The evening passes and then an interminable gray morning. News copters clatter over Templeton Hall and a fleet of trucks with roaring generators and satellite dishes take up their station at the front gate. The reporters are nearly all beautiful women, future anchors with great hair and terrific figures. A catering outfit arrives and dispenses coffee and sandwiches to the multiplying number of investigators and forensic technicians. The governor helicopters in to tell the beautiful reporters that those responsible will be captured and prosecuted to the full extent of the law. His chopper lifts off, making sandwich wrappers and paper cups fly across the green lawn. Randall eats two polish dogs with fries and indigestion starts. Abigail has reduced fat and salt in the family diet for health reasons. It’s because I’m out of training, he thinks when he battles back the acid reflux. He eats two more later in the day before he departs the crime scene.

“The second string will come in tomorrow or the next day,” a producer tells him. “The old, bald guys work the yarn from then.”

“How long will that be?”

“A week anyhow.”

Nothing like this has ever happened before and everyone is hyper at headquarters. As soon as phones are hung up they ring again. The limping, pie-eyed janitor they call Molasses does his job in double time and looks for more to do. Abigail calls from Wisconsin.

“My God, what happened?”

“Pretty much what you see on TV.”

“It must be hell.”


“I won’t keep you. We love you.”

“Back at you.”

At four o’clock, Randall is called to the chief’s office where two state detectives look at him coldly; a guy in his fifties and a younger one with a wolfish look of ambition. It occurs to the sergeant that reputations stand to be made on this case.

“Sit down, Sergeant,” says Parker. He peers at Randall over heavy tortoise-shell half-moon glasses.

“We’d like to ask a few questions,” says the older detective. He is fat and balding with a broad, blunt nose with broken capillaries.

“What did you say your name is?” Randall asks, covering a belch. The indigestion is back.

“Ferguson. This is Napier.”

“Okay, what do you want to know?”

“What can you tell us about the person you dropped off at the sanitarium?” asks Napier. He is thin with slicked-back hair that shows lots of scalp.

 “Not much.” The sergeant describes seeing Rex on the road at twilight and determining that he was an amnesia victim. “I took him to Templeton Hall.”

“Why there and not headquarters?” Ferguson asks. “Or call in and get an okay to go straight to the hospital.”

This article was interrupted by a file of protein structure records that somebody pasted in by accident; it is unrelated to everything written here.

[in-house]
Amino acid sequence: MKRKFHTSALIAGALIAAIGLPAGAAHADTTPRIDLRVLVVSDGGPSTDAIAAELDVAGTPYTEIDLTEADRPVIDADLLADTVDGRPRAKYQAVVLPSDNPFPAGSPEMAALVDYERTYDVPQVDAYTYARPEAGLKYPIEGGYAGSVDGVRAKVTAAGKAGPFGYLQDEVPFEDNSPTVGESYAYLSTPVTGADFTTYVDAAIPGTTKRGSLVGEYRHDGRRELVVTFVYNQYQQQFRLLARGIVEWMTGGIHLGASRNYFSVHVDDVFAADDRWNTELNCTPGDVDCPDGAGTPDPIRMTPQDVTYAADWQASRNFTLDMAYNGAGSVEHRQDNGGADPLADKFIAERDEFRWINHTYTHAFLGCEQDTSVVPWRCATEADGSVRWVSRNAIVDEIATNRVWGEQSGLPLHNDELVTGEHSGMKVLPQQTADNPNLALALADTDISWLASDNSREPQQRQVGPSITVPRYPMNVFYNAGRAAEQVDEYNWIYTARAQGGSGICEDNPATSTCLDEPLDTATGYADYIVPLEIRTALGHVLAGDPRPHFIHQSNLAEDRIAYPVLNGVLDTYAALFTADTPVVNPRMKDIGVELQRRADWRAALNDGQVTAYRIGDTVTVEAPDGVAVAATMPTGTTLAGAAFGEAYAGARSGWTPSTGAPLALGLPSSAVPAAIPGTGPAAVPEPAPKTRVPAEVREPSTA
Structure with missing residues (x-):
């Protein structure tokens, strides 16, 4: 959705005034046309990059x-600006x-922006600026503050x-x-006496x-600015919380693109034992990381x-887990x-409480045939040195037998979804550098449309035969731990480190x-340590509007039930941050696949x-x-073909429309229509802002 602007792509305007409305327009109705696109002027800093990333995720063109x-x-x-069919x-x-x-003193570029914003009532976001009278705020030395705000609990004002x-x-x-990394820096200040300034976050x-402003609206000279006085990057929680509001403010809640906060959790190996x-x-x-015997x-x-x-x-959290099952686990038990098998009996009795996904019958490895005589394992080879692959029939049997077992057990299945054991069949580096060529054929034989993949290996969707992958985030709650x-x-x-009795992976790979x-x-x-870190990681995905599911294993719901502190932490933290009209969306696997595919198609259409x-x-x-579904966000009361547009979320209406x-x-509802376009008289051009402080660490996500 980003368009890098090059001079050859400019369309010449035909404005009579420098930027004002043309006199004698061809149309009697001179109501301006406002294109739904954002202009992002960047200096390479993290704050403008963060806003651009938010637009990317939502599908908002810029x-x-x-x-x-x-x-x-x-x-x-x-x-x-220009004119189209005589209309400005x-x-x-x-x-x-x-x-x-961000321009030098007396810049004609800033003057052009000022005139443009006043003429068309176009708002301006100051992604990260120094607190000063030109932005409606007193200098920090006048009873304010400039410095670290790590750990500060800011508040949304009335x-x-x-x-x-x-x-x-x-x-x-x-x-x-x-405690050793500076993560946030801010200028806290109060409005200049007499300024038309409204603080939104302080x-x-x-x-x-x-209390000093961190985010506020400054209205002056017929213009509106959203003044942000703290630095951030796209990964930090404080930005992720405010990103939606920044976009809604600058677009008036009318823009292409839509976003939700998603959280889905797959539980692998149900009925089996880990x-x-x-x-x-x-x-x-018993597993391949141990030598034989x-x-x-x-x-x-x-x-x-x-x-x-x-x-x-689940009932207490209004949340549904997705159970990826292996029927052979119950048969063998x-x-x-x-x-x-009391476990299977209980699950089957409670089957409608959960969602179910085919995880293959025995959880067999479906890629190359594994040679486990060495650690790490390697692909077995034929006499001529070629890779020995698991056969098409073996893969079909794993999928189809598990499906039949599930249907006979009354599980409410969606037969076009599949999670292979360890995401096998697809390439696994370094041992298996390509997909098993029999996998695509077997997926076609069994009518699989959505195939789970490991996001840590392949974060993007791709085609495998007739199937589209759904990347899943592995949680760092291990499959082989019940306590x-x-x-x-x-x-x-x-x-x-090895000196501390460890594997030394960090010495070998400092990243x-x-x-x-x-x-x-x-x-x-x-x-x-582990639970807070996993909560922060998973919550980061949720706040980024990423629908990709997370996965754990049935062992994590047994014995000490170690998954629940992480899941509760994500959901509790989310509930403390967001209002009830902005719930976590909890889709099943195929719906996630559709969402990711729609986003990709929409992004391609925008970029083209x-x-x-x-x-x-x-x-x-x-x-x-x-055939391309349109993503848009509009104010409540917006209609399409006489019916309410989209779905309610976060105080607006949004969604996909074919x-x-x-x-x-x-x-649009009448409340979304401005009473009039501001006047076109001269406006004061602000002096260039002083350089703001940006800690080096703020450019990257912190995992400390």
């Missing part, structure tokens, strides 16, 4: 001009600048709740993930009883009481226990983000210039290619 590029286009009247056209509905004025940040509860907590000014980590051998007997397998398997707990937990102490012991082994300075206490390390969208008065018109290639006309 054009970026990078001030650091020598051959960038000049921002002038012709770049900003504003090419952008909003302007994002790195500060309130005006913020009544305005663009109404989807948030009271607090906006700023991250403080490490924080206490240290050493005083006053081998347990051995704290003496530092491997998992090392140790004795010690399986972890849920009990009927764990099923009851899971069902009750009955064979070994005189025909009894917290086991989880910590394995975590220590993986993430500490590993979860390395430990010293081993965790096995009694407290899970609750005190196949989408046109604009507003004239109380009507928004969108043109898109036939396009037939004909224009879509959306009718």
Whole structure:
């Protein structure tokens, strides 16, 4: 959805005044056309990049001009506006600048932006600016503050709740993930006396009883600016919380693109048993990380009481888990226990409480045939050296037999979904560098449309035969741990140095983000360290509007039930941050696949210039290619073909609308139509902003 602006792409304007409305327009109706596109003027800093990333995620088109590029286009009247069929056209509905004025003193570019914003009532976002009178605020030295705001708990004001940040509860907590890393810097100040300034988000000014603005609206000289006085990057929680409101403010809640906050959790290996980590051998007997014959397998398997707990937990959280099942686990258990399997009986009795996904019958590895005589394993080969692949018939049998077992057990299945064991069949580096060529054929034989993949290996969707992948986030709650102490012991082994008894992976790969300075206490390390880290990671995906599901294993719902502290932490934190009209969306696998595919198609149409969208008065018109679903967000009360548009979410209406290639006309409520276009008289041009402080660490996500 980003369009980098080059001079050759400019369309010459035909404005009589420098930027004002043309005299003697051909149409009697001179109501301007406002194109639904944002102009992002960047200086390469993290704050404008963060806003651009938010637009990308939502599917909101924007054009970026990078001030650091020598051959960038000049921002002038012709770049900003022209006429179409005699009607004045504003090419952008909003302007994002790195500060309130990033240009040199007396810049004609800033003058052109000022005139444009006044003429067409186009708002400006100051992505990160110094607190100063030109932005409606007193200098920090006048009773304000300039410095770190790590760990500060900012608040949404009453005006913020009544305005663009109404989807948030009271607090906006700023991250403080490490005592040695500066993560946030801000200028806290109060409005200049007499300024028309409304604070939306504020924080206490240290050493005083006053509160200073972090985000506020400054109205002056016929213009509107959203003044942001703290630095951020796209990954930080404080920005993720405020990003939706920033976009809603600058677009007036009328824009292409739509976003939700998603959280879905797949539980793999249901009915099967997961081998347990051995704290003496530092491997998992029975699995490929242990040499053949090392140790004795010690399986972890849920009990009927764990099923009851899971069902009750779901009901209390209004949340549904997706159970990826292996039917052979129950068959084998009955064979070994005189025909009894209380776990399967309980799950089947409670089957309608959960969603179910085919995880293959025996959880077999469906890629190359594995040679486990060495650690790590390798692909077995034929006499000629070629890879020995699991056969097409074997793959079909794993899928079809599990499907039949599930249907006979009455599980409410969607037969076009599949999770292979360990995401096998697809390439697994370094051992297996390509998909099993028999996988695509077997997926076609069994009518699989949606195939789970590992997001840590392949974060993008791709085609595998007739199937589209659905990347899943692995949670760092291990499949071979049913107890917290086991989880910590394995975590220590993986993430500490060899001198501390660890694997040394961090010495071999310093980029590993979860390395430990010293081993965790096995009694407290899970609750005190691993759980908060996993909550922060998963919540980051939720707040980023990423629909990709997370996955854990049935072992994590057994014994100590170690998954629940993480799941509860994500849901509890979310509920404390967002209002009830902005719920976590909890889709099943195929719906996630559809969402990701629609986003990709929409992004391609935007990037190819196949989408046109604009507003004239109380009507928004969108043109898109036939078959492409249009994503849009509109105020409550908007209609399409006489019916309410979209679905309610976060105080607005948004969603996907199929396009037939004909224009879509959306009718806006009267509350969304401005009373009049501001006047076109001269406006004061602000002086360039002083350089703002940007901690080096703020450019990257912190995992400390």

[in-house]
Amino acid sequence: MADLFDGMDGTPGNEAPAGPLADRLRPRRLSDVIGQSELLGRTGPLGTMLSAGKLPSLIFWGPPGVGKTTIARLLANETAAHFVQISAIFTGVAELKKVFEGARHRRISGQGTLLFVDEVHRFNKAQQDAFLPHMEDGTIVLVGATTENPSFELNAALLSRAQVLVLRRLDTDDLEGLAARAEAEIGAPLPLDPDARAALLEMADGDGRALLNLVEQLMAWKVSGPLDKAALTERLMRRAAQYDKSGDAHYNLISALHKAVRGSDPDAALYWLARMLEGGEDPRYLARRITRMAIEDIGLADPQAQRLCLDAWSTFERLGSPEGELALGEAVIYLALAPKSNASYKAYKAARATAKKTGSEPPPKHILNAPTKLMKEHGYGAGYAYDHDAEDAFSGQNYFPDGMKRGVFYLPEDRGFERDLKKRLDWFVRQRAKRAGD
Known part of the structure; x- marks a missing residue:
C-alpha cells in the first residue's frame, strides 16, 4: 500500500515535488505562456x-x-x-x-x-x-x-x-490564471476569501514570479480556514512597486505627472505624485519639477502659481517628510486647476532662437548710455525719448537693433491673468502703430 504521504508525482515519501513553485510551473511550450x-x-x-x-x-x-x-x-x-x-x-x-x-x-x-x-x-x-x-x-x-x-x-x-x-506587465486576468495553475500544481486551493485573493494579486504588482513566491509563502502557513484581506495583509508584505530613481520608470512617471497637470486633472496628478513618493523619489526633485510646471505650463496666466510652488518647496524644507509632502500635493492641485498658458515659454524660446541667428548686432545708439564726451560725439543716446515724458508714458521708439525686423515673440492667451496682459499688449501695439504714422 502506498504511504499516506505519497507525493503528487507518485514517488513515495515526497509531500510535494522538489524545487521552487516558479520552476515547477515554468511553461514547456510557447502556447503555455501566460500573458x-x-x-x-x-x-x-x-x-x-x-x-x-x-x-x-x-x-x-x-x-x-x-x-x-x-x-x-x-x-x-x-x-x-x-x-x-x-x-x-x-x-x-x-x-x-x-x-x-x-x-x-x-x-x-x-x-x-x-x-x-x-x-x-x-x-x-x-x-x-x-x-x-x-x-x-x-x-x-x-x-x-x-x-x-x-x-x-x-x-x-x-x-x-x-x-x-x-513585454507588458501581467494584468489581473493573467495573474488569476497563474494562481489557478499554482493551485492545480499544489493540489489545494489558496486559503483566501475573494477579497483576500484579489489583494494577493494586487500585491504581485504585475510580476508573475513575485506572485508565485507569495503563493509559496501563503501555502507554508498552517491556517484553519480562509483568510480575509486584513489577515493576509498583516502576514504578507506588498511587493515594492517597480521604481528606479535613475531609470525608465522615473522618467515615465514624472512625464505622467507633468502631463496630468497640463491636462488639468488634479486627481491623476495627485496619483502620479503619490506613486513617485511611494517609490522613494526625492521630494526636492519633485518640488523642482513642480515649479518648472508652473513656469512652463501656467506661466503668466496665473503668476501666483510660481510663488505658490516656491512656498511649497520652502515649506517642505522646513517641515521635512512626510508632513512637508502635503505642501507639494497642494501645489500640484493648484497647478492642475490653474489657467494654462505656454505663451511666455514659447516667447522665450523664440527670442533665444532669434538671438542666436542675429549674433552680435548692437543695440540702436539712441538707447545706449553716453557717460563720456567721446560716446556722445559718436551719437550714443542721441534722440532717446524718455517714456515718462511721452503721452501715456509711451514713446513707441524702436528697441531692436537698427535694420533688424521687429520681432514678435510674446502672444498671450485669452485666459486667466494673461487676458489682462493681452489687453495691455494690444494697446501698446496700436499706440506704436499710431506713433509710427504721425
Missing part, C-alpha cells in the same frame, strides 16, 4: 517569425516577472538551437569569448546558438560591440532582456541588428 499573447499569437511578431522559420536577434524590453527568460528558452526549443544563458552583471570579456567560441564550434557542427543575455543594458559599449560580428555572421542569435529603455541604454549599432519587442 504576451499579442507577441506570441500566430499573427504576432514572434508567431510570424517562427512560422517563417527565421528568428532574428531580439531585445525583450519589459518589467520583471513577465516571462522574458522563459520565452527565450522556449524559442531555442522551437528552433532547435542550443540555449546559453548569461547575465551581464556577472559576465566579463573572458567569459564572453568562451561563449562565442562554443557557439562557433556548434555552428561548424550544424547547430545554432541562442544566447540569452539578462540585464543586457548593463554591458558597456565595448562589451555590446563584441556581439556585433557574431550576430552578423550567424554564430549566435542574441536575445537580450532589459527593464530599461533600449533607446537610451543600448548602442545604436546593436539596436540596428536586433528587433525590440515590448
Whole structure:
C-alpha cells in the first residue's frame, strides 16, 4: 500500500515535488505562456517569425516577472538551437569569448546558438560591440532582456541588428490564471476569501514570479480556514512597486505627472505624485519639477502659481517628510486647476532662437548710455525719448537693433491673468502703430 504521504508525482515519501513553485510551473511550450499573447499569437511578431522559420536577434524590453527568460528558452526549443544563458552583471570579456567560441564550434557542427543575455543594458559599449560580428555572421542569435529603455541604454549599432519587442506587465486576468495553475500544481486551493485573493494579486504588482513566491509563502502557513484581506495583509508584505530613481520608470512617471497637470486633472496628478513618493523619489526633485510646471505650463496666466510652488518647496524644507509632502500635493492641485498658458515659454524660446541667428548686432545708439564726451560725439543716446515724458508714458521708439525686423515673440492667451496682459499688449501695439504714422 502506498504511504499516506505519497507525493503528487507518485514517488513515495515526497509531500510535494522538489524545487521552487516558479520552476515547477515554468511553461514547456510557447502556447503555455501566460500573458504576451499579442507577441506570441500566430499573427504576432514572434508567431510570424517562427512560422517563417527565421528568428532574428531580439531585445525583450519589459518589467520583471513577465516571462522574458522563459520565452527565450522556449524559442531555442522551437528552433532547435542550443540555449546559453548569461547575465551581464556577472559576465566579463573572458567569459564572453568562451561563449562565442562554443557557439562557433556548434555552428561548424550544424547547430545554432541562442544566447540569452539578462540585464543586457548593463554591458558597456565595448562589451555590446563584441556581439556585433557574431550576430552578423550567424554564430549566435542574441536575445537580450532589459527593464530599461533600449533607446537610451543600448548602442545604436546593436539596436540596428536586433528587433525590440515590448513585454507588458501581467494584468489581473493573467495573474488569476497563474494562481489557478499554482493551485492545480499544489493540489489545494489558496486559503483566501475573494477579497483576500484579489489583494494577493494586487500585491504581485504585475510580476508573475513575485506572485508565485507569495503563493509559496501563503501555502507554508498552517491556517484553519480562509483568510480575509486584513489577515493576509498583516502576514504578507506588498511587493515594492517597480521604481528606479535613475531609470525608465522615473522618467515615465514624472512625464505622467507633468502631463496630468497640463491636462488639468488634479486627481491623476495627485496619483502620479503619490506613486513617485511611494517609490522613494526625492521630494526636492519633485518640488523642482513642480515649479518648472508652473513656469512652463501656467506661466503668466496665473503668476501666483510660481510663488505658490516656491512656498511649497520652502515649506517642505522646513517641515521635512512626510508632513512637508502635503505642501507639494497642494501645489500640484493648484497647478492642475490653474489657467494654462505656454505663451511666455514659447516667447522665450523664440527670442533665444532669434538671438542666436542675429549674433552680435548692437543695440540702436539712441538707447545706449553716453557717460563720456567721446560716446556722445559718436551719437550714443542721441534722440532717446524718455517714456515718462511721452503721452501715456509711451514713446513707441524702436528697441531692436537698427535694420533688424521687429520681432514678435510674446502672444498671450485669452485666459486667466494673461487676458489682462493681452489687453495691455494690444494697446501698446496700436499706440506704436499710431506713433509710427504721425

“It was closer.”

“But it’s private.”

“They didn’t have a problem.”

“When was this?” Napier asks too casually.

 “A couple of days ago.”

“But Frudenthaler said you didn’t report it until yesterday,” Chief Parker says.

“I got busy.”

“You do everything by the book I’m told,” Ferguson says. “Dot your i’s and cross your t’s.”

Randall is silent.

“But not this time, it seems.”

“Did you know this person before?” asks Napier. Randall guesses his is the theory driving this line of questioning.

“No.” Randall notices a small tape recorder on the chief’s desk. “Is that running?”

“Do you have a problem?” Napier asks.

“Aren’t you supposed to tell me?”

Parker adjusts his half glasses. “This is an internal investigation.”

“At this point anyway,” Ferguson notes. “You suppose this amnesia victim had anything to do with what happened?”

“That’s my guess.”

“What’s the connection?”

“That’s the question.”

“Got an answer?” Napier asks, studying his nails in a parody of nonchalance. “See, there’s no evidence about who did it that we can see. No fingerprints, no tire tracks, no nothing. It’s like somebody who know what he’s  doing made sure no evidence was left. That doctor kept a log. That’s how we found out you were a day late.”

“It doesn’t look good,” Parker rumbles, turning his chair with a squeak to look out the window.

“He wrote my name in his log?” Randall asks. He wonders who else saw it.

“It was on the doctor’s desk,” Napier says. “Smeared with blood. What else can you tell about the guy with amnesia?”

“He’s some kind of athlete. Makes three pointers all day long. You might check with the NBA. Or he might be a piano player.”

“That’s quite a spread,” Ferguson says.